Off-site construction will be speed up delivery of new Harrow Arts Centre
Chris Dyson Architects has been chosen to design a new home for Harrow Arts Centre in north London.
The practice’s winning proposal is intended to evoke the style of earlier farm buildings in the Hatch End and Pinner area, as well as referencing current neighbouring buildings which include a listed school and industrial buildings.
The brief from Harrow council requires rooms for public use and a suite of artists’ studios and workspaces.
Chris Dyson said initial ideas include a sawtooth roof arrangement with pitched high-level glazing aligned to the north which would allow the opposite roof slope to accommodate south-facing solar panels. The north-facing rooflights would bring a consistent level of natural light into the studio spaces.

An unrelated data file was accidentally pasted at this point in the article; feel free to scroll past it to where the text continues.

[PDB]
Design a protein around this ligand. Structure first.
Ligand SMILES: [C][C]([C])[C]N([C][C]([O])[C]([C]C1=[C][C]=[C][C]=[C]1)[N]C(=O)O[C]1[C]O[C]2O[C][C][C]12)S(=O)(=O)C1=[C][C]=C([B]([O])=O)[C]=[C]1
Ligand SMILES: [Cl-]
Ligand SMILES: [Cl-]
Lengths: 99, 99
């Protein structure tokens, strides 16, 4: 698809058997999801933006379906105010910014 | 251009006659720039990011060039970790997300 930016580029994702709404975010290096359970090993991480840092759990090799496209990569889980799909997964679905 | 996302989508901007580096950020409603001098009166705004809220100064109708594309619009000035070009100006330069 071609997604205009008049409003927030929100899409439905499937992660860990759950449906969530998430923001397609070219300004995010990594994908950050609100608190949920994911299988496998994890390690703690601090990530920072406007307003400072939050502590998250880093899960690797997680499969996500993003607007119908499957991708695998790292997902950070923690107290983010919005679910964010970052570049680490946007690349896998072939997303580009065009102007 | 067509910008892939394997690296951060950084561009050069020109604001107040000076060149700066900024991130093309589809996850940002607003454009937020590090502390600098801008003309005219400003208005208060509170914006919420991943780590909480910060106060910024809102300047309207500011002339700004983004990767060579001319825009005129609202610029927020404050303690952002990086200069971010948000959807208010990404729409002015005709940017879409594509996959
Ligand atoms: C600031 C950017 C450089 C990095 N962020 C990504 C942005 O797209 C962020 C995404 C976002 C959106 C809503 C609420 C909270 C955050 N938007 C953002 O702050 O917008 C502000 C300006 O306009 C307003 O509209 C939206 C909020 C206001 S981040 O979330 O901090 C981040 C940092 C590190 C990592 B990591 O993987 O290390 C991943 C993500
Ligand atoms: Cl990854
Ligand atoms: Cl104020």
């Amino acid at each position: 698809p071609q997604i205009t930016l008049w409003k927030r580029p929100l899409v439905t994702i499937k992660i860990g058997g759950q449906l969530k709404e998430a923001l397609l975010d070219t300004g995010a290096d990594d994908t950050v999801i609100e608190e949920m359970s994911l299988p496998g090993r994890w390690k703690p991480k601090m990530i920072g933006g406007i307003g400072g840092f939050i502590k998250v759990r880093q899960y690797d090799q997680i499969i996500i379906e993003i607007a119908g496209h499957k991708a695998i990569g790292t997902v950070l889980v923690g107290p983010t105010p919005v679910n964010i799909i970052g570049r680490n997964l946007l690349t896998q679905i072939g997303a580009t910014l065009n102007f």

An L-shaped arrangement creates a “yard” space overlooked by classrooms at ground level and studios above.
Dyson said: “Our aspiration is to design a new building with its own identity, responding to a specific programme while also sensitively complementing neighbouring heritage structures.
“Our intention is to create clear, legible and direct relationships with all external spaces.”
The site is surrounded by the Royal Commercial Travellers School, a collection of industrial buildings, a boiler house, laundry and workshops.
The new building’s external cladding is intended to respond to this architectural language, said Dyson.
Strong, slim beams and boards of laminated beech lumber made from 3 ply veneer layers will be constructed off-site and hoisted into position, reducing on-site time and improving overall construction quality.
A ground-source heat pump will be sunk close to an adjacent culvert to harness the lower temperature generated by the tunnelled river.